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Author Topic:   How do you define the Theory of Evolution?
caffeine
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Posts: 1757
From: Prague, Czech Republic
Joined: 10-22-2008
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Message 33 of 93 (812264)
06-15-2017 4:39 PM
Reply to: Message 15 by CRR
06-13-2017 3:22 AM


Re: Theory of Evolution
I deliberately did not include mechanisms of evolution or fitness in my definition.

Which is why it's a shit definition, if you'll excuse my bluntness.

The purpose of a theory of evolution is to explain the mechanisms of evolution. Anything which doesn't attempt to is not a theory of evolution.

The modern theory of evolution would require a book to explain. My hamfisted attempt to summarise in a brief paragraph would go as follows:

Organisms have heritable characteristics; and the primary mode of inheritance is through DNA. Heritable characteristics which increase the probability of an organism leaving offspring are likely to increase in frequency in a population. The likelihood of leaving offspring we refer to as fitness. DNA replication produces imperfect copies, so new variety is constantly being introduced. Fitter new varieties will tend to increase in frequency. Fitness is relative to the environment, so two populations placed in different environments will tend to diverge,

This seems incomplete, but I was trying to sum up the main points in as few words as possible, and I am not a biologist.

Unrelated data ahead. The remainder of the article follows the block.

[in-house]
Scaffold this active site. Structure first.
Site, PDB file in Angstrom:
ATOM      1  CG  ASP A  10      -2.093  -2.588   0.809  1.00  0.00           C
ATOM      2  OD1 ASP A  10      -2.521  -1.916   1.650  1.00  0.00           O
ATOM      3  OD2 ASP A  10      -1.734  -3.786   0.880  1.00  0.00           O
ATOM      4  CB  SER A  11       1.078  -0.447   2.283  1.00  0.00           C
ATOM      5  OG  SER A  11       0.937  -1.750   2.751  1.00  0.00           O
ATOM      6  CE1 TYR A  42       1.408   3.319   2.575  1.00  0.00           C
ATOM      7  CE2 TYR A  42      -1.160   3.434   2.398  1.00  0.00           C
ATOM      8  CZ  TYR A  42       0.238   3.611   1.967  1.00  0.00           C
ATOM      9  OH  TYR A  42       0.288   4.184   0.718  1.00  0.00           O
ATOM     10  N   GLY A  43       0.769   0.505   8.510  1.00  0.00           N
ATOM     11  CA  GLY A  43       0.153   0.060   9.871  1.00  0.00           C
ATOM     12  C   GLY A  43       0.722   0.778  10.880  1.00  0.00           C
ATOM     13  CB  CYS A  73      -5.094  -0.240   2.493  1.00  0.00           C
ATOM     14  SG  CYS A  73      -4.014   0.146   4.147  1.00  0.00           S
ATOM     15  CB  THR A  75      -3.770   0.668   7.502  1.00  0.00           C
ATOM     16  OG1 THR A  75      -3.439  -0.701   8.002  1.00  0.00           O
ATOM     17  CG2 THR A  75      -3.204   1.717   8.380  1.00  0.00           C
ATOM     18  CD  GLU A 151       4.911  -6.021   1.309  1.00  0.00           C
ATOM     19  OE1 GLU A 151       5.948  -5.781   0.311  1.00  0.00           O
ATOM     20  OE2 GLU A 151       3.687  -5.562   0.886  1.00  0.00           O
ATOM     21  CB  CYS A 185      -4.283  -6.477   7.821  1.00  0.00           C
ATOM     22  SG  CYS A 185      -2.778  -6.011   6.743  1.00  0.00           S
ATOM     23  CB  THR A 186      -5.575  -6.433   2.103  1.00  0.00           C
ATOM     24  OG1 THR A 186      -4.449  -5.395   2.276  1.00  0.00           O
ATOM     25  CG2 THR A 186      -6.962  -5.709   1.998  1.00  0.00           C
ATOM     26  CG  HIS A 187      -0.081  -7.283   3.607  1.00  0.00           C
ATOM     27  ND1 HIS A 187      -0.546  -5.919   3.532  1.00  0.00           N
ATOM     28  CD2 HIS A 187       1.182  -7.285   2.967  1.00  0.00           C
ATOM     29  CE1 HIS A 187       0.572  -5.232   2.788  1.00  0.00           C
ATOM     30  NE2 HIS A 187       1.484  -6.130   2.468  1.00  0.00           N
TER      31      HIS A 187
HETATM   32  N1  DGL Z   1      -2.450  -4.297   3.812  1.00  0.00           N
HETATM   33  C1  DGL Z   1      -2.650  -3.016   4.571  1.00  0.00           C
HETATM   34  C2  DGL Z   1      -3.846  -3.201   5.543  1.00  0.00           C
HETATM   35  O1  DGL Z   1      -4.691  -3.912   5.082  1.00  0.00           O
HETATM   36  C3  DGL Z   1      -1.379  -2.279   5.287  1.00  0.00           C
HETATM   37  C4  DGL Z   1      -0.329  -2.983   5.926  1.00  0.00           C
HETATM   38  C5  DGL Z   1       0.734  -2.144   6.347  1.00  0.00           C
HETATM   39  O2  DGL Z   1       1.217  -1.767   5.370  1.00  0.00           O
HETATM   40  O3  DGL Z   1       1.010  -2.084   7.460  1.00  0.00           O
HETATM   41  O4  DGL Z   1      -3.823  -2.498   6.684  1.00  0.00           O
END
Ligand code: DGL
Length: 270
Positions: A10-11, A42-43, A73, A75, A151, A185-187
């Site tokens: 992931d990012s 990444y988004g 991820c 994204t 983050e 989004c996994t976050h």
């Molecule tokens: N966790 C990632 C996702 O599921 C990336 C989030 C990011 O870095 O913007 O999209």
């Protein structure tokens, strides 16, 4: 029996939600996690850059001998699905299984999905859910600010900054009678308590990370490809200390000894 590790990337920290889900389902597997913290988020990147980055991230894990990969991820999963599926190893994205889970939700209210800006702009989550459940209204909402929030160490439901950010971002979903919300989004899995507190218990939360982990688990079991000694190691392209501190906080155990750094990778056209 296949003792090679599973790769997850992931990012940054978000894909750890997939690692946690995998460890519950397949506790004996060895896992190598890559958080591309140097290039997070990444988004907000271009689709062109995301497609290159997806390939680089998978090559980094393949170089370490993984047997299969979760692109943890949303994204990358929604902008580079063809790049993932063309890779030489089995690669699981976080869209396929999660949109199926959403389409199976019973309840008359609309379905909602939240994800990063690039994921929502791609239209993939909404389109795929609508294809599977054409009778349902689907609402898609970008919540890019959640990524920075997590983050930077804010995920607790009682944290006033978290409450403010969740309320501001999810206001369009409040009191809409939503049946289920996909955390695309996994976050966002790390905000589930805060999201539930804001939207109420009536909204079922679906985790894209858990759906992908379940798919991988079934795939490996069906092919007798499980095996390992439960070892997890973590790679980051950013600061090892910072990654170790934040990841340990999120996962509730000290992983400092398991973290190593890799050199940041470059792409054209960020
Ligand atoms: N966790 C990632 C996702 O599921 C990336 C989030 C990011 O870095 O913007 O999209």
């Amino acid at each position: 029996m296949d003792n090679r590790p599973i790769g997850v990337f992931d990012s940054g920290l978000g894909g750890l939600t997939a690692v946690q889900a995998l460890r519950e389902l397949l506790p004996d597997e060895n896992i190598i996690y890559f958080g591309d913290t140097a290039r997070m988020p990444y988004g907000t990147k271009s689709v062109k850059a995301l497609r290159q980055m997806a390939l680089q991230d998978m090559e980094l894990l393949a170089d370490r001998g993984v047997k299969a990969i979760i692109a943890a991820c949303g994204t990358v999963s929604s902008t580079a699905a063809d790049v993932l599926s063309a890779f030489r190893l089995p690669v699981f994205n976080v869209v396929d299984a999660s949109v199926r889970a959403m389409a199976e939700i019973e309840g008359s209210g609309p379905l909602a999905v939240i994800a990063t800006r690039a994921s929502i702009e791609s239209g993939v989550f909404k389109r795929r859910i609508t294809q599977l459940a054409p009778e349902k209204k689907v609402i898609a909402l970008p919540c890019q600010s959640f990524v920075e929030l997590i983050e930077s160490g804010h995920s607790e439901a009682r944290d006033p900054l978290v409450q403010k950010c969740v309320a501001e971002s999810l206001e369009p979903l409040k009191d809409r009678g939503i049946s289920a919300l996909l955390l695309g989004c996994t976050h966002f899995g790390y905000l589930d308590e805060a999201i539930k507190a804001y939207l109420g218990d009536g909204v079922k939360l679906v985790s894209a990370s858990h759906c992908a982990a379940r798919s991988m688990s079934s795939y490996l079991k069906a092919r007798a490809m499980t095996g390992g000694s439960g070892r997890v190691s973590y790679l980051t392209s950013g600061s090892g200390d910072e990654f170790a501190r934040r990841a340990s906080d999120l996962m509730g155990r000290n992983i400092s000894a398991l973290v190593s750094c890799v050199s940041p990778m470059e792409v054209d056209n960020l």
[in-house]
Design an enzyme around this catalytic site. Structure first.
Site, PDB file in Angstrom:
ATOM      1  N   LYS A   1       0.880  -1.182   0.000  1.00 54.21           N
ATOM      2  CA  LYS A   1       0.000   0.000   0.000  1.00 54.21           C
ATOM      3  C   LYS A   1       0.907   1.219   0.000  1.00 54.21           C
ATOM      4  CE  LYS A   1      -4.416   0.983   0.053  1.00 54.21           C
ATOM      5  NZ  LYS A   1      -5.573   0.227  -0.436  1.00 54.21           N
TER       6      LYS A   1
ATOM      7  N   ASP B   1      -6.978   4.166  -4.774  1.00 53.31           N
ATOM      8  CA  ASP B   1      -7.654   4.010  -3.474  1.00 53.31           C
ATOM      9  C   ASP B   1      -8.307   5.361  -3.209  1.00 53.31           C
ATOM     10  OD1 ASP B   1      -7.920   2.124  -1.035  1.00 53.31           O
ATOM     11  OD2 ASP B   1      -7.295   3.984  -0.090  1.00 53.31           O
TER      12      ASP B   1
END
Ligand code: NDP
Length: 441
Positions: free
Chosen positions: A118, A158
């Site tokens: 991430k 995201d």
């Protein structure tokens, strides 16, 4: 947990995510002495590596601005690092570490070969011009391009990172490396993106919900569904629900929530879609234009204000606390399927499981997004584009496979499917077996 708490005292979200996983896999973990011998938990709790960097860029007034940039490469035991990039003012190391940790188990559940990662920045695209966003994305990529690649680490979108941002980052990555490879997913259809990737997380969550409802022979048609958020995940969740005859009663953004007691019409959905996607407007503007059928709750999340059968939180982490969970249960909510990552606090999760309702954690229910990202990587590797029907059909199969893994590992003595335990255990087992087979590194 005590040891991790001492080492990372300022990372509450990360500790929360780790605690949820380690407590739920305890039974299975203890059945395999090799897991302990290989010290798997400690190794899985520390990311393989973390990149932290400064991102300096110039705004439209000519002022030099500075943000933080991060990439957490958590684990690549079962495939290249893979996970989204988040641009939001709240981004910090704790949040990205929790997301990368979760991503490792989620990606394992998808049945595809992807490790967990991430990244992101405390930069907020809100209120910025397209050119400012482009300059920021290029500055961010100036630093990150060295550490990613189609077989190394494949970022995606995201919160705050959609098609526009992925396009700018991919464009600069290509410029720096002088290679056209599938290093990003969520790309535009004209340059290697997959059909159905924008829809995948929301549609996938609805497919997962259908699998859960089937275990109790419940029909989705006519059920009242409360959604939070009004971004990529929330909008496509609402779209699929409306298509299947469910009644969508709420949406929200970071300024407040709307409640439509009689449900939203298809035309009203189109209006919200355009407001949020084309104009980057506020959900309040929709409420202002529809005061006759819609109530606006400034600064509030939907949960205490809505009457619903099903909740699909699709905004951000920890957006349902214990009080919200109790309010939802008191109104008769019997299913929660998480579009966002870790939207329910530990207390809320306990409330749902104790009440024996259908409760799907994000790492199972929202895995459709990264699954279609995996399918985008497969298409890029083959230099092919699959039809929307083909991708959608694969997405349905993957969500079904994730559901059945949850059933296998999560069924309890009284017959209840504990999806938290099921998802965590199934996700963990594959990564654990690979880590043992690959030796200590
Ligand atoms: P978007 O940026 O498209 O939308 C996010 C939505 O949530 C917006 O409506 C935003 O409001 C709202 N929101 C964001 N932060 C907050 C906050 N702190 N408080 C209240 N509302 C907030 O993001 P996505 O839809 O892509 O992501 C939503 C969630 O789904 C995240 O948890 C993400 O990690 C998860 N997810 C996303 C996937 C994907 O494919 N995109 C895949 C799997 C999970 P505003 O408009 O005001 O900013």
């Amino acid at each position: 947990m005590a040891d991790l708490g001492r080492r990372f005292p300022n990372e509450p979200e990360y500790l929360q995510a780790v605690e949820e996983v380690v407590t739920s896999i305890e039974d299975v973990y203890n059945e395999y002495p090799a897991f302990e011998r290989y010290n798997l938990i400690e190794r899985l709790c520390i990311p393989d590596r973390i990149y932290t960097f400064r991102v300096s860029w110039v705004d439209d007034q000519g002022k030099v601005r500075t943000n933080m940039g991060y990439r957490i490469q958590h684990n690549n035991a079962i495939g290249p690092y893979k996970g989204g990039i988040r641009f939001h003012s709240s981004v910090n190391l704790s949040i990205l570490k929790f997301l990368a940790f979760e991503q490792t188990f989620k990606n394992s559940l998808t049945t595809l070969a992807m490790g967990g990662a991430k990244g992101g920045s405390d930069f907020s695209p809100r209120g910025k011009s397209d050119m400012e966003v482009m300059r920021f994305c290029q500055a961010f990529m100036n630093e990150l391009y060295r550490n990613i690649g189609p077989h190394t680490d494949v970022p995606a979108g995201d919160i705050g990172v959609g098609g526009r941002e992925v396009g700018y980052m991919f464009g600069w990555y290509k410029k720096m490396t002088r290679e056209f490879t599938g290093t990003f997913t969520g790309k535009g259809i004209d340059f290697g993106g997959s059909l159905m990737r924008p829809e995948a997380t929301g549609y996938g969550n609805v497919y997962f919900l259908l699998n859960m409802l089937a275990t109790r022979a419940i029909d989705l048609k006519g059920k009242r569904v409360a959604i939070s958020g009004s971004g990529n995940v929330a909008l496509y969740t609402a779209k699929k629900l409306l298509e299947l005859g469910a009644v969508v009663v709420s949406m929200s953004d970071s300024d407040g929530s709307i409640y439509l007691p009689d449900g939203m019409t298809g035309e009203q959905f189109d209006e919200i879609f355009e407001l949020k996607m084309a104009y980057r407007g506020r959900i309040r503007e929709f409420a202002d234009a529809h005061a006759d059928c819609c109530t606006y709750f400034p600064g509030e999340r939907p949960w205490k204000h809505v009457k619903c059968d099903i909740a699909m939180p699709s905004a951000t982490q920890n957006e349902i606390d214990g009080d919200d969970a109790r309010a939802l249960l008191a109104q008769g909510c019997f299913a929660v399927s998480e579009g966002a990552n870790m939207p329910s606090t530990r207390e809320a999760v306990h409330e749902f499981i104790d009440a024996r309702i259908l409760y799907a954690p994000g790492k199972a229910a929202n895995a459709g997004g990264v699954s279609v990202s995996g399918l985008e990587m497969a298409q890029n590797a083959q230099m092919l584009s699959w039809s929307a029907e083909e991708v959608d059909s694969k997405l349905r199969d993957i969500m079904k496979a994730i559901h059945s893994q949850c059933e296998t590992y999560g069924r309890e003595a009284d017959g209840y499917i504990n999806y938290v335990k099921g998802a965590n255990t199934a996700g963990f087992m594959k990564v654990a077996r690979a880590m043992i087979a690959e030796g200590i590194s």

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caffeine
Member
Posts: 1757
From: Prague, Czech Republic
Joined: 10-22-2008
Member Rating: 5.0


Message 83 of 93 (813879)
07-01-2017 5:07 PM
Reply to: Message 82 by RAZD
07-01-2017 11:03 AM


Re: Evolutionary Lineages rather than species?
The most popular definition of cladogenesis is the splitting of evolutionary lineages (cessation of gene flow),

At the risk of going wildly off topic - this touches on the reasons why the BSC has also seemed a no-starter to me, and I struggle to understand why it's still treated as if it's the default definition of species - despite it being one that is never used by taxonomists.

Cessation of gene flow can take an extraordinarily long time and, unless physical barriers (like oceans) get in the way, can sometimes take place long after populations have become clearly separated from one another.

Geladas are clearly a separate evolutionary lineage than normal baboons. Nevertheless, hamadryas baboons have been observed to occasionally mate with geladas, and genetic testing has established that this is ongoing gene flow into one of the two populations (it only goes one way, if I remember correctly, due to hybrid incompatibility depending on the sex of the parents).

The article you cite is on the right track, in my opinion. The boundaries between two species are no more meaningful than those between genera and families - they're wholly arbitrary and far too much ink and thought is wasted on them. I think arguing that creationists are wrong because speciation has occurred is a mistake. Speciation has no clear, objective definition.


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